Employee HiringLabor LawsStaff Education

3 Terms You Must Include in Your Employment Agreement

Employment agreements are one of the most overlooked aspects of owning a restaurant, but they are also one of the most important pieces of your business.

After all, a good employment agreement seamlessly lays out the rights, responsibilities, compensation, and restrictions for your employees. It communicates exactly what you expect from your employees and tells them what they can expect from you as well.

It’s a good idea to have your senior crew members—bar manager, general manager, and chef—sign an employment agreement because it provides legal protection for your proprietary information.

Before you hire or promote your company’s next leader, here are five terms you must include in their employment agreement.

Outline of Specific Responsibilities and Duties

Specifically outlining an employee’s job description and duties is something you can’t afford to overlook in your employment agreement. Without it, you are setting yourself up for a future of arguments over job duties, responsibilities, and possibly compensation.

This list of duties and responsibilities doesn’t have to be comprehensive. In fact, it’s better that it’s not. You can include clauses like “…and other duties as assigned by the [insert leadership role]” in order to not limit the scope of your employee’s duties.

However, be sure to cover all the major bases. If you’re bringing on a new executive chef, include terms such as “responsible for overseeing the operations of the kitchen, including, but not limited to, prep work, daily/nightly cleaning, etc.”

Clarify Ownership of Recipes

If you brought a treasure trove of recipes with you when you opened your restaurant, why not take every precaution to protect them?

Even if you allow your executive chef to determine the culinary course of the menu (which you should!), that doesn’t give your chef complete ownership of your recipes. According to trademark lawyer Andrew Wells, the easiest way to avoid going into a copyright/trademark dispute is to list an ownership exception in the employment agreement. That will give you legal backing, if needed.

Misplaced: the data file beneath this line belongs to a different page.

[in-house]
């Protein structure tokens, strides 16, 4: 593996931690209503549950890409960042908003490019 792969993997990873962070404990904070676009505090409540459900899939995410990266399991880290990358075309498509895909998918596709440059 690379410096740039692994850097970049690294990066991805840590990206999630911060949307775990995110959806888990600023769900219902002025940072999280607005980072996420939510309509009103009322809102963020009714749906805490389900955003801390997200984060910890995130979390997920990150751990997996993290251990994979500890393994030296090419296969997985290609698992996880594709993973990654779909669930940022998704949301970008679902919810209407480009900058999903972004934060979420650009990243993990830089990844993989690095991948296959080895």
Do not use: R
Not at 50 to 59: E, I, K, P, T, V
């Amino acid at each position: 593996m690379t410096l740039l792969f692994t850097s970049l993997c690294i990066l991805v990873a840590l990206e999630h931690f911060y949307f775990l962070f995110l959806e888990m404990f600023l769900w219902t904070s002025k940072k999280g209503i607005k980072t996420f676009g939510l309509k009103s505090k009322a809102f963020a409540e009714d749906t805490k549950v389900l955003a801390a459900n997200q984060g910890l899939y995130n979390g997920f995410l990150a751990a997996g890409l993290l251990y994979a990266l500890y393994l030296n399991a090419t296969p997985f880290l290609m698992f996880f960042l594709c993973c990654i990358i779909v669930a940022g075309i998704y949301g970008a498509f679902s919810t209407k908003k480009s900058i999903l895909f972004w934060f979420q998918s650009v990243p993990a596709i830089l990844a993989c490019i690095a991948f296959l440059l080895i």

You should also consider recording your recipes on a tangible medium—legal jargon for paper. This gives you the ability to argue that your chef didn’t invent a disputed recipe, if you wind up in that kerfuffle.

Arbitration Agreement

Arbitration is not very popular among employees because the process is speedy, and oftentimes doesn’t require employers to follow federal rules of evidence.  Furthermore, the process can be completed in a matter of hours as compared to a regular trial, which can lead to the feeling that the proceeding is “incomplete”.

However, arbitration is a great way for employers to avoid the costly expense of being dragged in front of a judge a jury. The quick-hitting nature of arbitration usually allows owners or managers to show up for court in the morning and be back at the restaurant for a shift in the afternoon. These hearings are also held outside of public view, which can help business owners avoid a damaging public relations fiasco if they end in a dispute with an employee.  Arbitration is also a great way to avoid costly class-action lawsuits, which can ruin a business entirely.

However, owners should be careful about adding arbitration agreements into their employment agreements. Make sure it fits with the culture you are building. Otherwise you may lose as many great employees as you hire, if not more. You should also be sure to check with a lawyer who is familiar with the evolving standards regarding arbitration. This will ensure the language in your agreement exactly matches your intent.


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